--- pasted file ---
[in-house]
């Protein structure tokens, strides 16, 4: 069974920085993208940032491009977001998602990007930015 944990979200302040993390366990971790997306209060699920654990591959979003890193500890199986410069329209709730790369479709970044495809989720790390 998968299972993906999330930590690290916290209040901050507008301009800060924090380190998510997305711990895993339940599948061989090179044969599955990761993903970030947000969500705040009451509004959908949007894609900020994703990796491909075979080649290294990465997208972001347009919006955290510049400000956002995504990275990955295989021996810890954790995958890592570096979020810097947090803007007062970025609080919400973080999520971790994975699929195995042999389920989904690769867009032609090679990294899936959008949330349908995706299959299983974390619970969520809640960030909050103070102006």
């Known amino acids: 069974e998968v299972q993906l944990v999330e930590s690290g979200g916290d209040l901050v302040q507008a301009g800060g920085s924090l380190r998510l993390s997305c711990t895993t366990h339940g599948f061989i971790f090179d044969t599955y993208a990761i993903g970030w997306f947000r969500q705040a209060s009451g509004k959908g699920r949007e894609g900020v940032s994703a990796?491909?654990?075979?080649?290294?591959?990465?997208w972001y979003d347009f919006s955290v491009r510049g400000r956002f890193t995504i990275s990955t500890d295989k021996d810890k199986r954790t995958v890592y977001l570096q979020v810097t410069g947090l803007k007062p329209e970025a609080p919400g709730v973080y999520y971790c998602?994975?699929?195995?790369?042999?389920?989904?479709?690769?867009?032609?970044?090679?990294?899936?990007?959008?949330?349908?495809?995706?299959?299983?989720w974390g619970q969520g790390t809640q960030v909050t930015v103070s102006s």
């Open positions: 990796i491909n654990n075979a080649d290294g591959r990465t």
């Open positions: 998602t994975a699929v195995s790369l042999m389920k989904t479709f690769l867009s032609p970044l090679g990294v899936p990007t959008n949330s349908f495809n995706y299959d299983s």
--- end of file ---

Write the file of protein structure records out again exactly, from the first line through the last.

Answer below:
[in-house]
């Protein structure tokens, strides 16, 4: 069974920085993208940032491009977001998602990007930015 944990979200302040993390366990971790997306209060699920654990591959979003890193500890199986410069329209709730790369479709970044495809989720790390 998968299972993906999330930590690290916290209040901050507008301009800060924090380190998510997305711990895993339940599948061989090179044969599955990761993903970030947000969500705040009451509004959908949007894609900020994703990796491909075979080649290294990465997208972001347009919006955290510049400000956002995504990275990955295989021996810890954790995958890592570096979020810097947090803007007062970025609080919400973080999520971790994975699929195995042999389920989904690769867009032609090679990294899936959008949330349908995706299959299983974390619970969520809640960030909050103070102006």
């Known amino acids: 069974e998968v299972q993906l944990v999330e930590s690290g979200g916290d209040l901050v302040q507008a301009g800060g920085s924090l380190r998510l993390s997305c711990t895993t366990h339940g599948f061989i971790f090179d044969t599955y993208a990761i993903g970030w997306f947000r969500q705040a209060s009451g509004k959908g699920r949007e894609g900020v940032s994703a990796?491909?654990?075979?080649?290294?591959?990465?997208w972001y979003d347009f919006s955290v491009r510049g400000r956002f890193t995504i990275s990955t500890d295989k021996d810890k199986r954790t995958v890592y977001l570096q979020v810097t410069g947090l803007k007062p329209e970025a609080p919400g709730v973080y999520y971790c998602?994975?699929?195995?790369?042999?389920?989904?479709?690769?867009?032609?970044?090679?990294?899936?990007?959008?949330?349908?495809?995706?299959?299983?989720w974390g619970q969520g790390t809640q960030v909050t930015v103070s102006s």
């Open positions: 990796i491909n654990n075979a080649d290294g591959r990465t």
């Open positions: 998602t994975a699929v195995s790369l042999m389920k989904t479709f690769l867009s032609p970044l090679g990294v899936p990007t959008n949330s349908f495809n995706y299959d299983s």